Object Localization without Deep Learning

This article originally appeared on Lab41's blog: Gab41. It is reposted here with permission.

Cars crossing the Golden Gate Bridge as seen from Marin.

Lab41 is just wrapping up a vehicle re-identification project named Pelops. The goal was to be able to identify if the same car drove past a fixed set of video cameras without reading the license plate.

We broke the project down into three parts:

Today I’ll show you our approach to chipping; feature extraction and matching are covered in a later post.


There has been a lot of work done on using deep learning for object localization in the past few years. Deep learning based methods currently achieves state of the art results for many localization problems. In fact, our sister lab, CosmiQ Works, explored using these techniques, and even developed a modified version of YOLO called You Only Look Twice (YOLT) to do ship and plane localization in satellite images.

Deep learning seems like the best option for finding cars as well! But we don’t use deep learning, for two reasons:

  1. An “off-the-shelf” network, Single Shot MultiBox Detector (SSD), performed poorly.
  2. We did not have much labeled data, so retraining wasn’t an option.

We were able to hand label about 200 frames of the traffic camera data in order to test our algorithms, but did not have enough time (or, critically, patience) to label enough vehicles to train or fine-tune a deep learning model. Therefore, we chose an old standard in computer vision: background subtraction.

Background Subtraction

What background subtraction tries to do, at its simplest, is to classify every pixel in an image as either background or foreground. Background pixels are ignored while foreground pixels are taken to be part of an object of interest. To do this classification the algorithms develop background models. We used two different algorithms with the only difference being the method in which they model the background pixels.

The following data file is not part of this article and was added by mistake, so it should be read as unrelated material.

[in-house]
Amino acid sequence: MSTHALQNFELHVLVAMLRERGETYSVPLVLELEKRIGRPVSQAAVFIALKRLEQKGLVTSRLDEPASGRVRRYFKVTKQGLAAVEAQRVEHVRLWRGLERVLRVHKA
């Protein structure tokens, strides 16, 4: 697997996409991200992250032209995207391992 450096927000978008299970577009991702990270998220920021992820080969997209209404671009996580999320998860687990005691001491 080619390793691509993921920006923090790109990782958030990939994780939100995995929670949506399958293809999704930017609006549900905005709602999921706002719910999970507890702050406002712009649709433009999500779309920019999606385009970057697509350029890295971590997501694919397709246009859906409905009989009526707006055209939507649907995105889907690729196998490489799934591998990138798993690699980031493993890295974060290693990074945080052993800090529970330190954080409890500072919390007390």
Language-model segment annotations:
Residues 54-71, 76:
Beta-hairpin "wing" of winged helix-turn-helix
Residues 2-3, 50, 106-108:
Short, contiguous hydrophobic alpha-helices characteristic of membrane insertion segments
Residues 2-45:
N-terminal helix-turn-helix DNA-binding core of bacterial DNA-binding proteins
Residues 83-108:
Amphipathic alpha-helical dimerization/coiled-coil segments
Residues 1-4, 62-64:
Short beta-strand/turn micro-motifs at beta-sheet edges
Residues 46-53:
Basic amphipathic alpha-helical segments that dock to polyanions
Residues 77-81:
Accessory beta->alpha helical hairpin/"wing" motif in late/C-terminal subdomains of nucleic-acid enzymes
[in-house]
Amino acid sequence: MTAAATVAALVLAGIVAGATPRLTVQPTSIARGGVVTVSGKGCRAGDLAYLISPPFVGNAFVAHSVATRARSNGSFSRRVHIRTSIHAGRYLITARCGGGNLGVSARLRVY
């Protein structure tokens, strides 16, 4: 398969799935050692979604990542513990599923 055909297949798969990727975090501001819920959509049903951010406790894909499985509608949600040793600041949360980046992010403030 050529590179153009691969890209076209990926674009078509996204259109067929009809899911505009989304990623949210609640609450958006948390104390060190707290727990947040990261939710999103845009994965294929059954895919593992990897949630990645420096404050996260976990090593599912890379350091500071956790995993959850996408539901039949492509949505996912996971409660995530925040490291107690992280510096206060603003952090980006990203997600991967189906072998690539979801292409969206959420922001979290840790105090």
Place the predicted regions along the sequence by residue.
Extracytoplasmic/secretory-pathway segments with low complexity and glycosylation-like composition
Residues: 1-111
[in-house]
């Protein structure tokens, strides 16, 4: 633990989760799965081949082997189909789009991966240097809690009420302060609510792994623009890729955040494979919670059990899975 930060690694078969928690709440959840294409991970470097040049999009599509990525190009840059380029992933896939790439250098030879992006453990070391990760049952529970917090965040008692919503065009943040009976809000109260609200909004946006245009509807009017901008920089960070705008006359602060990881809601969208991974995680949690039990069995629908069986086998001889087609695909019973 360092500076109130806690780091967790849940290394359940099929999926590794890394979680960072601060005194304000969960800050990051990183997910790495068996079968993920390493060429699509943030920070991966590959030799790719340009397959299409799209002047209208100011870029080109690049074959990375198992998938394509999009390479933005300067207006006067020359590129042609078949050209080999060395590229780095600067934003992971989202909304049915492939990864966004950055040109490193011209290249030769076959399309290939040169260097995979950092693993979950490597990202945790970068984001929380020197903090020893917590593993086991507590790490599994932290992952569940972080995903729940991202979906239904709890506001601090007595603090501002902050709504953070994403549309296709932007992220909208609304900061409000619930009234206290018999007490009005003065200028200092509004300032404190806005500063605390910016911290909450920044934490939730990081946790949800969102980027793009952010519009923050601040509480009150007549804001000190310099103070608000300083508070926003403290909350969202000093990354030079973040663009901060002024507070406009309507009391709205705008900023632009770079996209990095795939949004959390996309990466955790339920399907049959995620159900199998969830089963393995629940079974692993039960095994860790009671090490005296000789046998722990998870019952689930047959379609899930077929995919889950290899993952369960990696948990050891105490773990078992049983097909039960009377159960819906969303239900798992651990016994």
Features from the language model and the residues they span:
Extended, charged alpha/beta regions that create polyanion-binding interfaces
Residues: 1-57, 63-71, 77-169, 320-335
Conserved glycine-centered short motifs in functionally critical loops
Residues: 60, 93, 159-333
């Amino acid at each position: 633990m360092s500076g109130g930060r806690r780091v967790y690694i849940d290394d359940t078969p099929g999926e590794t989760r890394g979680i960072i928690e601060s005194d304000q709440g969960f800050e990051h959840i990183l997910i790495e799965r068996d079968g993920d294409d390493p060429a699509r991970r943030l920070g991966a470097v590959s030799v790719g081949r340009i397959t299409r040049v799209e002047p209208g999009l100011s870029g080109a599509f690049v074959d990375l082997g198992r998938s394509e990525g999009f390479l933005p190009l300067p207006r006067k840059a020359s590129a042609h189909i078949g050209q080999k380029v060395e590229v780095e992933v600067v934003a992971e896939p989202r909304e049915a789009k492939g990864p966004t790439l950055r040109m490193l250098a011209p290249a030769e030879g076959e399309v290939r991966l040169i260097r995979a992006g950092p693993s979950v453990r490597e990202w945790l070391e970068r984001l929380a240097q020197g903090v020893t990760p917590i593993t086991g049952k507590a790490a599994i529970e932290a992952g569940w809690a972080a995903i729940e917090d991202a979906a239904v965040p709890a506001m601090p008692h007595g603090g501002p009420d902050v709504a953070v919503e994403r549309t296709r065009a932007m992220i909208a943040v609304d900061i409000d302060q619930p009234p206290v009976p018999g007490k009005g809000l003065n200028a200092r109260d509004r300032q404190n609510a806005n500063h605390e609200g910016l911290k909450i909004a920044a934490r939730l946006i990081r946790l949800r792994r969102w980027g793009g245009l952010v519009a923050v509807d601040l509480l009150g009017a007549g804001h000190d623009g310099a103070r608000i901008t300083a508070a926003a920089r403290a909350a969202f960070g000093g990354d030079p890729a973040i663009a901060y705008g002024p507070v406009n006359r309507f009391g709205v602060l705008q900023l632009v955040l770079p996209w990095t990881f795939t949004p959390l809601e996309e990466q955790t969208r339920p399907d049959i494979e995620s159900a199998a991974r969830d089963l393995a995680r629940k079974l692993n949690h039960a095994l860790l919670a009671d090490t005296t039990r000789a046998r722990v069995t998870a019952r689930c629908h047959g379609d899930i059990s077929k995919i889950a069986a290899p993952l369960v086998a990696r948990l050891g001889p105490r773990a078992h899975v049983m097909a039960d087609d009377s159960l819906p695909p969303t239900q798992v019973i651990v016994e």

The first method used a very simple background model and was mainly intended as a benchmark. For each pixel it takes the median luminosity of the last ten frames. This gives a crude estimation of what objects are “permanent” and which are transient.

The second method was based on a paper by Zivkovic and van der Heijden. It uses a Gaussian mixture model to estimate the distribution of background pixels in RGB space. It learns the distributions based on the previous frames and updates as new frames are processed. We used the implementation in OpenCV called MOG2, cv::BackgroundSubtractorMOG2, which also includes a model for shadow rejection. Shadows are otherwise a tough problem to solve because shadows are real changes in the image, but are generally not ones that are interesting.

After the background models are computed, the two algorithms perform the same steps. They subtract their background model from the image leaving black pixels where there was no change and pixels with some luminosity in areas where there was a moving object. We then run a Gaussian blur over the image in order to join incorrectly separated regions (e.g., where the model splits an object in half). After the blur is applied, all pixels below a threshold value are set to black and bounding boxes are drawn around the remaining pixels. For both of our models, the size of the Gaussian kernel and the threshold value are free parameters which we optimize over. The best values for these parameters are discussed in the results section.

Data and Labeling

The data we used to test our chipping algorithms was from two sets of traffic cameras. The first set was from San Antonio, Texas, and the second set was from New Orleans, Louisiana. These two datasets cover a wide range of vehicle sizes in terms of number of pixels. The Texas data is low resolution and the cameras are mounted high above the highway giving very small chips, with the largest being roughly 50 pixels on a side. The Louisiana data is taken with higher resolution cameras that are mounted closer to the roadway and so the chips are much larger. Some of the chips are up to 300 pixels on a side. An example of the Texas data and Louisiana data follow:

An example of two images from our dataset.
An example of the Texas traffic camera data (Left) and Louisiana traffic camera data (Right). The axes indicate pixel count.